July 2, 2019
Generally, the right to enforce arbitration may be waived. While there is no established rule as to what constitutes waiver, it typically requires a showing of prejudice through undue burden resulting from the delay in demanding arbitration. That given, the South Carolina Court of Appeals recently made what appears to be its initial assessment of whether waiver is inherent upon a party’s default. See Palmetto Construction Group, LLC v. Restoration Specialists, LLC, Reuben Mark Ward and Lynette Pennington Ward, 2019 WL 2608493 (June 26, 2019).
Palmetto Construction Group (PCG), a Georgia company, and Palmetto, a South Carolina limited liability company, entered into a subcontract agreement pursuant to which Restoration would pay PCG for certain subcontract work. PCG also claimed that Mark Ward requested PCG’s assistance in securing a bond from PCG’s surety to cover the project undertaken by the parties. The entities, their principals and their spouses were required to execute indemnities in favor of the surety. As the project drew near a close, several subcontractors made claims for non-payment pursuant to the bond. PCG filed suit against Restoration claiming failure to pay amounts owed to it under the subcontract and for other causes of action including actual and constructive fraud and negligent misrepresentation. PCG also filed a motion to stay the action and compel arbitration, as set forth in the subcontract agreement.
Defendants were personally served but failed to respond, following which PCG submitted an affidavit of default. PCG also withdrew its motion to stay and to compel arbitration. The circuit court entered default and referred the case to the master-in-equity for a damages hearing. Immediately prior to the damages hearing, Defendants filed a motion to set aside the default and motion for continuance, quickly followed by a motion to stay and to compel arbitration. The master denied the motion to set aside default and denied the motion to stay and compel arbitration, based upon Defendants’ default. Shortly thereafter, Defendants filed a motion to alter or amend the master’s order, pursuant to Rule 59(e) of the South Carolina Rules of Civil Procedure. The master then held a hearing at which PCG proffered evidence as to damages and Defendants argued their 59(e) motion. Thereafter, although not establishing damages, the Master entered an order denying the 59(e) motion and finding arbitration had been waived. The matter came before the court on Defendants’ appeal of the denial of their motion to set aside the default and the denial of their Rule 59(e) motion. The appeal was dismissed as interlocutory.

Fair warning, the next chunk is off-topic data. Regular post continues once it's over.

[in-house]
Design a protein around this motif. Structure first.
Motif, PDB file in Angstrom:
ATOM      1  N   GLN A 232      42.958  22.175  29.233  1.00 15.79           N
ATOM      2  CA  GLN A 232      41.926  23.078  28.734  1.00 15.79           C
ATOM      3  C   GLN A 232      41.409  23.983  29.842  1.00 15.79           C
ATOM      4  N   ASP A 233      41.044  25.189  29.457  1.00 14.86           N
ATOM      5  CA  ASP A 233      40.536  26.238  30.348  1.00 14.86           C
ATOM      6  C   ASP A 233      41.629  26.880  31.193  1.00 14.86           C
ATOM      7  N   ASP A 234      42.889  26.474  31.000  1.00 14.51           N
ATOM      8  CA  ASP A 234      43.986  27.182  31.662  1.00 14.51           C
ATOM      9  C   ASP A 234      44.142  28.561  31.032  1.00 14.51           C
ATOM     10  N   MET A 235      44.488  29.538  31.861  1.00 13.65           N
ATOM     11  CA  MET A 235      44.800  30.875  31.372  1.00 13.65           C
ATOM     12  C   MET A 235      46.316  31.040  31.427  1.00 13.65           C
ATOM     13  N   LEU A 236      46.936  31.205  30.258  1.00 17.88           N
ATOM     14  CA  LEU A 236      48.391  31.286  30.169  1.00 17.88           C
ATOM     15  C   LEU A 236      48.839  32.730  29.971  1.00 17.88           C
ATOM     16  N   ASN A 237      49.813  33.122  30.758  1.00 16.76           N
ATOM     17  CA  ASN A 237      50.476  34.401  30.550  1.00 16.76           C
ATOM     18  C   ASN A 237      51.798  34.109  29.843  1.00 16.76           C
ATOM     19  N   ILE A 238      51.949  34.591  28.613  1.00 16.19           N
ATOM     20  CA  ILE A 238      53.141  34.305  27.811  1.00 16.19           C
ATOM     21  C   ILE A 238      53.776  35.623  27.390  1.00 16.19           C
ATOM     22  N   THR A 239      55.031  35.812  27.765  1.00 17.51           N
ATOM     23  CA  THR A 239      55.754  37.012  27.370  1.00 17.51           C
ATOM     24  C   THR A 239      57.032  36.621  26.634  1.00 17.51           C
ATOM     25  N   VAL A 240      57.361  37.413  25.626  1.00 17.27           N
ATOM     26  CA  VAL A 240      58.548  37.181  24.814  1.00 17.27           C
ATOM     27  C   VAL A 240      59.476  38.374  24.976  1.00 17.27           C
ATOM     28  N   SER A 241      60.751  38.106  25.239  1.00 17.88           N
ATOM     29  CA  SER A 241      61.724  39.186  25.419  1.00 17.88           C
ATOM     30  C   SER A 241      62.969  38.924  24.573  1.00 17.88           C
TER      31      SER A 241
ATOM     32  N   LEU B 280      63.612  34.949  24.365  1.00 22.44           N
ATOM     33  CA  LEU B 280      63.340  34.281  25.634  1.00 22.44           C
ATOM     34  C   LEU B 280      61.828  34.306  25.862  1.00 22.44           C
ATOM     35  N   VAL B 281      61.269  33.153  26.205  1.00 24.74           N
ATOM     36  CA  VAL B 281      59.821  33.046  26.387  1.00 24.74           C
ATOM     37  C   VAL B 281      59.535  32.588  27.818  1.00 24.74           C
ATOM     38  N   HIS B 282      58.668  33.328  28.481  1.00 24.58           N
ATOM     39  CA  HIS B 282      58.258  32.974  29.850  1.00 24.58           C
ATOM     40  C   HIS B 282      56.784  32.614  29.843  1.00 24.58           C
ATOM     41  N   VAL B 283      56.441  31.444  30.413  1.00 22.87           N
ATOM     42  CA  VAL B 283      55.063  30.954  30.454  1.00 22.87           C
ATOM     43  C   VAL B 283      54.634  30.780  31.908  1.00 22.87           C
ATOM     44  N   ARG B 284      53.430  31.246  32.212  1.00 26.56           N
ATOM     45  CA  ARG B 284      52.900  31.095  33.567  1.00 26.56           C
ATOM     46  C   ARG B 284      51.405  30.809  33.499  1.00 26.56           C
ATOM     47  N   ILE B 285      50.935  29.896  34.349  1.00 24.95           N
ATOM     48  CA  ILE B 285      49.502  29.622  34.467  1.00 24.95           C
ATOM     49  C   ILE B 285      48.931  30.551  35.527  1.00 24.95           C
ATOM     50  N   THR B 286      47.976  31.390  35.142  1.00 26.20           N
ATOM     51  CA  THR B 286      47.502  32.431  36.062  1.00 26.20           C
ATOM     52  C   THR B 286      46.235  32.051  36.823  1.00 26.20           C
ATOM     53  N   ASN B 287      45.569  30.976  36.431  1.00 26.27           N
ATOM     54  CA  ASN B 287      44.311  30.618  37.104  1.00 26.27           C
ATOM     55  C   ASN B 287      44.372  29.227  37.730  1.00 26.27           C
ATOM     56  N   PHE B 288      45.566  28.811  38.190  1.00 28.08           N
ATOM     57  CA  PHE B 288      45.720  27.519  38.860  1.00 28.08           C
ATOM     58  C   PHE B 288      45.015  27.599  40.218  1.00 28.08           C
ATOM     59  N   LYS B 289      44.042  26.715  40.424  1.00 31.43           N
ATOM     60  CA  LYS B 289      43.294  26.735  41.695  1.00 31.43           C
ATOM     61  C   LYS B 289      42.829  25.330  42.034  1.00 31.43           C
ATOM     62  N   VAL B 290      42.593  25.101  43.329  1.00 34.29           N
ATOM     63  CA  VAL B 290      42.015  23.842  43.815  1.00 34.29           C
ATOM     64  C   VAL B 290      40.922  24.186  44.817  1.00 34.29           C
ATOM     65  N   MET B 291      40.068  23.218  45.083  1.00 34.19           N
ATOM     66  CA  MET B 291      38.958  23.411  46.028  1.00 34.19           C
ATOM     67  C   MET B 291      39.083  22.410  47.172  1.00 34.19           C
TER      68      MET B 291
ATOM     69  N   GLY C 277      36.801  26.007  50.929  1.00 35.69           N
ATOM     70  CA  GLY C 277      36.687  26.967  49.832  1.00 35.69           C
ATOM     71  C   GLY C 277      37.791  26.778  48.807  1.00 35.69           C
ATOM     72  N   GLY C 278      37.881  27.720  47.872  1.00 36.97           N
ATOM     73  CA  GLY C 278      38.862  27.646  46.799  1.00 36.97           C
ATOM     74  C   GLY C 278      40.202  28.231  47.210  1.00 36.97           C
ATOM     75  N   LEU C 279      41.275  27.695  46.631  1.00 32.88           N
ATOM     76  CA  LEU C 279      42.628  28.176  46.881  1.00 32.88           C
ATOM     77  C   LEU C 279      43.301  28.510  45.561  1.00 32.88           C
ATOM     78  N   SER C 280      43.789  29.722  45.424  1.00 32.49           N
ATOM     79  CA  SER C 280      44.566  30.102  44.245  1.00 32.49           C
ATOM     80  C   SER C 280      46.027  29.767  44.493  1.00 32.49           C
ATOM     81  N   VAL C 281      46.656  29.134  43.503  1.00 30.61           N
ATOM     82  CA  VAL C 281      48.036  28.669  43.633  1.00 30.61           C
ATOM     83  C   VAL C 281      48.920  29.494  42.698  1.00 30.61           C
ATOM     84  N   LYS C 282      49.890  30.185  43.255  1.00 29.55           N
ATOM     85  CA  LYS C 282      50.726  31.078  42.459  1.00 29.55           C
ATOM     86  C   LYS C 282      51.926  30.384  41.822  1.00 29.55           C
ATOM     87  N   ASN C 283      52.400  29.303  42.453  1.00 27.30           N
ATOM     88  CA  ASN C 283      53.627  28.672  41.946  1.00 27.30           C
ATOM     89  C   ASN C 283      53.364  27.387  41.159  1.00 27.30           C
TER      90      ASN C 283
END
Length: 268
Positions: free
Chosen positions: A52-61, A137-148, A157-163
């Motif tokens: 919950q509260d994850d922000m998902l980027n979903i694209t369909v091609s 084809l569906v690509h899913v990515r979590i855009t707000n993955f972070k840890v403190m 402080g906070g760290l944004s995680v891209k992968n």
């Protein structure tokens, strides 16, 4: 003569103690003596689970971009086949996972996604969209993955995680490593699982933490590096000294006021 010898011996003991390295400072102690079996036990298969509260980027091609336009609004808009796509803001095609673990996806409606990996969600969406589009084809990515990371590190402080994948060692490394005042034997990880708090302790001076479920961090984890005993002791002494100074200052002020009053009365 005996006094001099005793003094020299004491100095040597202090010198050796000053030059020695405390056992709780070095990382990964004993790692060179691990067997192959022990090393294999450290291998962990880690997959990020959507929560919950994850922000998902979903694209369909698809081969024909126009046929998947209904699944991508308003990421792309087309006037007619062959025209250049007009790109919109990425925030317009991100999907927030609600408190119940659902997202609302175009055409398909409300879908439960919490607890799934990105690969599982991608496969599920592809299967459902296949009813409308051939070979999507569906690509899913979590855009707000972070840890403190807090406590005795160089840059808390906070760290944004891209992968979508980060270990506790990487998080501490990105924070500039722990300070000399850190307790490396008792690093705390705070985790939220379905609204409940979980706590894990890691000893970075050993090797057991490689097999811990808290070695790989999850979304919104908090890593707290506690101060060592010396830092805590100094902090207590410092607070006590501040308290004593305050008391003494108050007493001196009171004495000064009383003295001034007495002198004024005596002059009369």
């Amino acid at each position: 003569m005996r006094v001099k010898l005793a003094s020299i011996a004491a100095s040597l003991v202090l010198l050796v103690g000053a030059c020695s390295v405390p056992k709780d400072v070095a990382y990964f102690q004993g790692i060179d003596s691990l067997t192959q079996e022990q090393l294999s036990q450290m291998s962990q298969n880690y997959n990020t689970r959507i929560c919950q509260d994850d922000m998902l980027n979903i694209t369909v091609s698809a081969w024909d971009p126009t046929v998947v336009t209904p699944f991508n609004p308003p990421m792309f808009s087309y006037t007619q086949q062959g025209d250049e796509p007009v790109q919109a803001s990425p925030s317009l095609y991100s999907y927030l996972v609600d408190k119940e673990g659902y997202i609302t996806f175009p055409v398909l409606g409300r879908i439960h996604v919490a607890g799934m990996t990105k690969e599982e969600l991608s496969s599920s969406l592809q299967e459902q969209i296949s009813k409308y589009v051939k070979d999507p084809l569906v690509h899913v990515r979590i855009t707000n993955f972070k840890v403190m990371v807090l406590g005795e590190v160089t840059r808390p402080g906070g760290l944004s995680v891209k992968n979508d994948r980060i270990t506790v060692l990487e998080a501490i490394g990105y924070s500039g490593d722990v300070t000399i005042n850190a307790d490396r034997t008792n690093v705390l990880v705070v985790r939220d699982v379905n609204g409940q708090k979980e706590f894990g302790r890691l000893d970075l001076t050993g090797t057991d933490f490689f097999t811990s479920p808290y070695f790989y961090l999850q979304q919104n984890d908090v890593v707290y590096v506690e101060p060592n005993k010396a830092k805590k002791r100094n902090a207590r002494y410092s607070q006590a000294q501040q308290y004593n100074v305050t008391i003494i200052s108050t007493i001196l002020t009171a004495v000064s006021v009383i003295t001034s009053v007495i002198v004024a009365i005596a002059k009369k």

Denial of a motion to set aside a default judgment is immediately appealable; the denial of a motion to set aside an entry of default, where there is no final judgment, is not. Defendants argued that the denial of the motion to compel arbitration was an appealable issue making both of the court’s conclusions ripe for appeal. The Court of Appeals disagreed.
Here, the court reasoned that a defaulting party concedes liability, leaving nothing to decide other than damages. Thus, granting a motion to compel arbitration after an entry of default would allow a defaulting party an opportunity to revisit liability issues, in contravention of the purpose of arbitration, which is achieve truncated proceedings and swift results.
Continuing its analysis of the issues before it, the court also concluded that a defaulting party waives its right to compel arbitration. Borrowing from other jurisdictions, the court concluded that while denial of a motion to compel arbitration is generally appealable, it remains that arbitration is a defense and like any defense, it is waived by failing to timely assert it.
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Cheryl D. Shoun is a trial attorney and certified mediator whose experience includes construction law, insurance defense, personal injury defense, employment litigation and medical malpractice. As a frequent writer, she serves as editor for Nexsen Pruet's TIPS: Torts, Insurance and Products Blog.